Broken Guinea Pig Legs

Guinea Pig on a leash

D. Sharon Pruitt Pink Sherbet Photography / Getty Images

Guinea pigs are popular kid's pets for several good reasons, but this doesn't mean they are indestructible. Unfortunately, broken guinea pig legs are seen far too often by exotic animal vets and these injuries are often due to accidents involving children or problems with the guinea pig's cage or toys. If you find yourself with a guinea pig that has a potentially broken leg, there are things you can still do to help your pocket pet.

Types of Broken Bones

Simple fractures are broken bones with no skin wounds so the bone has not broken through the skin layer. Where the break is located and how long it has been broken will determine the treatment plan. Fractures can also be broken down into more specific types that your veterinarian may reference such as oblique, compound, compression, and others.

Compound fractures can be more severe than a simply fracture since they are more than just a broken bone. These fractures have a wound or swelling of blood under the skin called a hematoma associated with them or the bone may even be protruding through the skin. Compound fractures are at a higher risk of getting infected than simple fractures because of this break in the skin layer.

How Do Guinea Pigs Break Legs?

  • Accidents - A common reason for a broken guinea pig leg is rough handling by children. Children tend to be more aggressive with animals, carry them around, and even step on pets accidentally which leads to injuries such as broken bones. But adults sometimes have accidents, too. Guinea pigs get dropped, wiggle and try to jump out of arms, get stepped on, and get picked up incorrectly and all these things can cause a guinea pig to break its tiny leg.
  • Getting Stuck in the Cage - Guinea pig cages with wire floors, hay hoppers, wire exercise wheels, and other items that a leg will fit in can easily cause a leg to get stuck and injured.
  • Malnutrition - If a guinea pig does not receive proper nutrition then its bones will become weak, brittle and prone to fracturing. This usually occurs when a guinea pig isn't getting appropriate foods and inadequate vitamins and minerals.

Treatments for Broken Guinea Pig Legs

If your pet is having a hard time walking or an obvious leg injury, it should be taken to your exotics vet as soon as possible. If your guinea pig is not eating then this should be treated as an emergency situation to prevent ileus from developing as a secondary result of the pain from the leg injury. You can syringe feed your guinea pig some mixed vegetable baby food or Critical Care until it can be treated by your vet but this is only a temporary solution. The stress a guinea pig's body goes through from an injury and the pain it may endure is enough to kill it if left untreated. Even if the first vet you take it to cannot help you fix its leg, be sure to ask for pain medications and anti-inflammatory drugs to keep it comfortable until you can get it more help.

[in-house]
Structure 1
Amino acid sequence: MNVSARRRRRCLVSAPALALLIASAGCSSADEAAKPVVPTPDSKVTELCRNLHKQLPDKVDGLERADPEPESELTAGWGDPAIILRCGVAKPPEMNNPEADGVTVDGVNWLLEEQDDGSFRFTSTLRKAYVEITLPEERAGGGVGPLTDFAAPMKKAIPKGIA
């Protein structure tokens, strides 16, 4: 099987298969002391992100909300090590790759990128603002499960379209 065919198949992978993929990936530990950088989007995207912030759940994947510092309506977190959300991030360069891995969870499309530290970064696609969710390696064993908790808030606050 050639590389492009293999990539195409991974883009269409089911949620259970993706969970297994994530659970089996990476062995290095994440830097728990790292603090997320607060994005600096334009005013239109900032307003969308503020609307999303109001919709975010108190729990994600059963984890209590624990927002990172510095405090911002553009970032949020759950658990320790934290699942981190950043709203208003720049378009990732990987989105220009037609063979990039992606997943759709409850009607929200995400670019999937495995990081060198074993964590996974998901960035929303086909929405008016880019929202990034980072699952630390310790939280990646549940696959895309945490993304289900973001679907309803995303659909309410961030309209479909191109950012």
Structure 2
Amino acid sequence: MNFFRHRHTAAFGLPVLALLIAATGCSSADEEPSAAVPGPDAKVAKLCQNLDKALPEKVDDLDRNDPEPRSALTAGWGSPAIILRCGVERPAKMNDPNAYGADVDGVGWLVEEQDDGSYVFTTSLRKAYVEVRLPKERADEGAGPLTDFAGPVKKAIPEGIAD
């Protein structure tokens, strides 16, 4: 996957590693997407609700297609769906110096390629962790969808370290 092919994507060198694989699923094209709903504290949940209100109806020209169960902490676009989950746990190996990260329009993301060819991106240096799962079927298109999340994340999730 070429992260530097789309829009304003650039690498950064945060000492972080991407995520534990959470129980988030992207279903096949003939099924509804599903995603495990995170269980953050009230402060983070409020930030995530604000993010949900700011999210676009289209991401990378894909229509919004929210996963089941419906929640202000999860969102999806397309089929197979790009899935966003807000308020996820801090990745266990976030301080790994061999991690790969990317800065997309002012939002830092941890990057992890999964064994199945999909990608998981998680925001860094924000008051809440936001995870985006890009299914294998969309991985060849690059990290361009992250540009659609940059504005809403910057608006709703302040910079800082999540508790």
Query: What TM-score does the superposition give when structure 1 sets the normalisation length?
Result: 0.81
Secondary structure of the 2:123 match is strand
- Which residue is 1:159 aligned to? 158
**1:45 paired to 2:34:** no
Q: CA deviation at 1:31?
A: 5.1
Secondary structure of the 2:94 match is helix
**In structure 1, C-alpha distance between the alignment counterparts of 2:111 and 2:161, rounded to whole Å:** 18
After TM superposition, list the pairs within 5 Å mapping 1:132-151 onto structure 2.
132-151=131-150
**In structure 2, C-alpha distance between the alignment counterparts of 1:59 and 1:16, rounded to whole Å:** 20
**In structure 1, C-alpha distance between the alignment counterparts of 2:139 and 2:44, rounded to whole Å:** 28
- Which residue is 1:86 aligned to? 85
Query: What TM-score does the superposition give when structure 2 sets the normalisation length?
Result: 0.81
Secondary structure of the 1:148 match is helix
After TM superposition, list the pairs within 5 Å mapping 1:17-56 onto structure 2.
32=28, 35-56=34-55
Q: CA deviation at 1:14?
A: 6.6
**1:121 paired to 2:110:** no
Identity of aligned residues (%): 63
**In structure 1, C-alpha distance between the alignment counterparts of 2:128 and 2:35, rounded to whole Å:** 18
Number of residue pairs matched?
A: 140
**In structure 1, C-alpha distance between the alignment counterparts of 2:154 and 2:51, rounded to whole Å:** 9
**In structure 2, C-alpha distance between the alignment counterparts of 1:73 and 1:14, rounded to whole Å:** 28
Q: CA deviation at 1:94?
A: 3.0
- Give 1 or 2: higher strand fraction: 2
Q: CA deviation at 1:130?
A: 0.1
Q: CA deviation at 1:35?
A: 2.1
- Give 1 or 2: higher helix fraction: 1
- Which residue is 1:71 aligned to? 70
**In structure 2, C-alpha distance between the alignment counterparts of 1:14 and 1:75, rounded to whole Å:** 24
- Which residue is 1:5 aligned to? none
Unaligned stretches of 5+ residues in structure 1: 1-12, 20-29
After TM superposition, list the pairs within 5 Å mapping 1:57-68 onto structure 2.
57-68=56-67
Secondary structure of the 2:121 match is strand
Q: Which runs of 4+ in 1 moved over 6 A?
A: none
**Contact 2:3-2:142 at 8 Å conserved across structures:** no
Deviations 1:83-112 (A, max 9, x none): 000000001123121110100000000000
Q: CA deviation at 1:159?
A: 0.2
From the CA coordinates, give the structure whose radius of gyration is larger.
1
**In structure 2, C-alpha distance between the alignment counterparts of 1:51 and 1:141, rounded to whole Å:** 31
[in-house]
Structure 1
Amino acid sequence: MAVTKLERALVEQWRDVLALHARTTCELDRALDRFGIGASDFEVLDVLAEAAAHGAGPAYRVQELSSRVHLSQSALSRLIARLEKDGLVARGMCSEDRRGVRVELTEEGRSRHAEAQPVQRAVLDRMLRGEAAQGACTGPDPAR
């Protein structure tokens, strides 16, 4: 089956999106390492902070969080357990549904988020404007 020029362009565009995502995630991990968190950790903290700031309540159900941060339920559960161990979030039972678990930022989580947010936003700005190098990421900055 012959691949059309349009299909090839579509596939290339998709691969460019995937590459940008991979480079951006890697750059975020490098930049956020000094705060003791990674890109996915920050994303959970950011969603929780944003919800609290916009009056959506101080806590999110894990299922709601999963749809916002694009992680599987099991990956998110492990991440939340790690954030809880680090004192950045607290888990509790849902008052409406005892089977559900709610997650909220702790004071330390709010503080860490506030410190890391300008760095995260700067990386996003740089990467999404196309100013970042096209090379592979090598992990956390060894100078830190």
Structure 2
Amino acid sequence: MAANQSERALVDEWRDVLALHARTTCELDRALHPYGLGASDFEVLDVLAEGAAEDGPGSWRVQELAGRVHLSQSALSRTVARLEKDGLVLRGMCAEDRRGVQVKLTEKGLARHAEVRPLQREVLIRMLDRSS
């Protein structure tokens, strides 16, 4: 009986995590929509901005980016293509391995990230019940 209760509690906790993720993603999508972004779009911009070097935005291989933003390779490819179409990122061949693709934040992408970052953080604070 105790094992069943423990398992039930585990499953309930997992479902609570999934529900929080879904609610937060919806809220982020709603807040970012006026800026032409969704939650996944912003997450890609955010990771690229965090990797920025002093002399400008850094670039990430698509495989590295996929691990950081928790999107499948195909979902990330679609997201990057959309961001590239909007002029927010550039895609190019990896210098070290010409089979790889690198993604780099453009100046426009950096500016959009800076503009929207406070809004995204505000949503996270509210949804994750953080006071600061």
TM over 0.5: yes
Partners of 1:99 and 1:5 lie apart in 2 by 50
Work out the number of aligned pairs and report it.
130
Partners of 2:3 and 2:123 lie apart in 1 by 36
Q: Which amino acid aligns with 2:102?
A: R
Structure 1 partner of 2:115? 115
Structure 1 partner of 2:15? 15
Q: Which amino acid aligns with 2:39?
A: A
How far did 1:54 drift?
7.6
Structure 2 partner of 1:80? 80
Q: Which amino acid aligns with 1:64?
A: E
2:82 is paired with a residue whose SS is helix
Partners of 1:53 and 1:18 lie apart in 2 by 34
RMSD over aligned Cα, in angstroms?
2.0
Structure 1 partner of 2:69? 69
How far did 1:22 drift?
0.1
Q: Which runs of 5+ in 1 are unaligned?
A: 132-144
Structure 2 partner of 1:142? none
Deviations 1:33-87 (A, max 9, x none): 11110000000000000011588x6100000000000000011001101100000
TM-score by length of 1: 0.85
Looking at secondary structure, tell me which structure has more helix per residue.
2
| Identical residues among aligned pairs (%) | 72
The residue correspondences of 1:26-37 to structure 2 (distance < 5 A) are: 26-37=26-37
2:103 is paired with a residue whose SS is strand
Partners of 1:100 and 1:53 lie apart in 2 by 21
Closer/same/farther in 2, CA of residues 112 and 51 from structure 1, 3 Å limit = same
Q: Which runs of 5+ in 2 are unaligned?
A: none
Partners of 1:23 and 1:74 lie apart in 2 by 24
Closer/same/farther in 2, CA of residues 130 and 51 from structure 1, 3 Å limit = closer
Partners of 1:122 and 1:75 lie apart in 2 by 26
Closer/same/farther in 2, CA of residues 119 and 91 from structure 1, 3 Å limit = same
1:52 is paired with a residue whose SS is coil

Your vet may be able to tell if the leg is broken without X-rays but an X-ray is the best way to see exactly where the leg is broken. The leg may need to be splinted or have surgery to place pins in it to hold it together until it heals. If the leg cannot be repaired surgically, splinted, or is a break that is more than a few days old, it may need to be amputated if it cannot heal. If one of these options are not affordable to you, your exotics vet may discuss euthanasia. Some guinea pig owners who cannot afford surgery or splinting have been successful with at home cage rest and supportive care for about a month to see if the bone will heal first. This method is intensive on your part and may not help every kind of broken leg. Ask your exotic veterinarian if this is a break that would respond to this type of treatment prior to deciding to go this route.

Preventing Broken Guinea Pig Legs

  • Feed Appropriate Foods - Make sure you are providing the proper guinea pig diet to your pig to keep its bones strong. Provide a vitamin C supplement whether that be in a tablet, droplet form, etc. since guinea pigs can't make this vitamin, they must ingest it—similar to humans.
  • Get Rid of Items that Legs Can Get Stuck In - Remove anything that a guinea pig could get its leg stuck in such as a wire wheel, a hay hamper or hay ball, wire ramps, and even wire cage bottoms.
  • Remove Cage Shelves - Don't allow your guinea pig the opportunity to fall in its own cage.
  • Monitor Children - Have children sit on the ground when handling guinea pigs and teach them how to be gentle with pets while supervising them.
  • Provide a Safe Place to Run Around - Make sure you and everyone in the house knows when your guinea pig is out of its cage so that no one steps on it or provide your pig with a playpen to avoid those types of accidents.
Article Sources
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  3. Minimizing Stress Helps Keep Guinea Pigs Healthy. U.S. Department of Agriculture.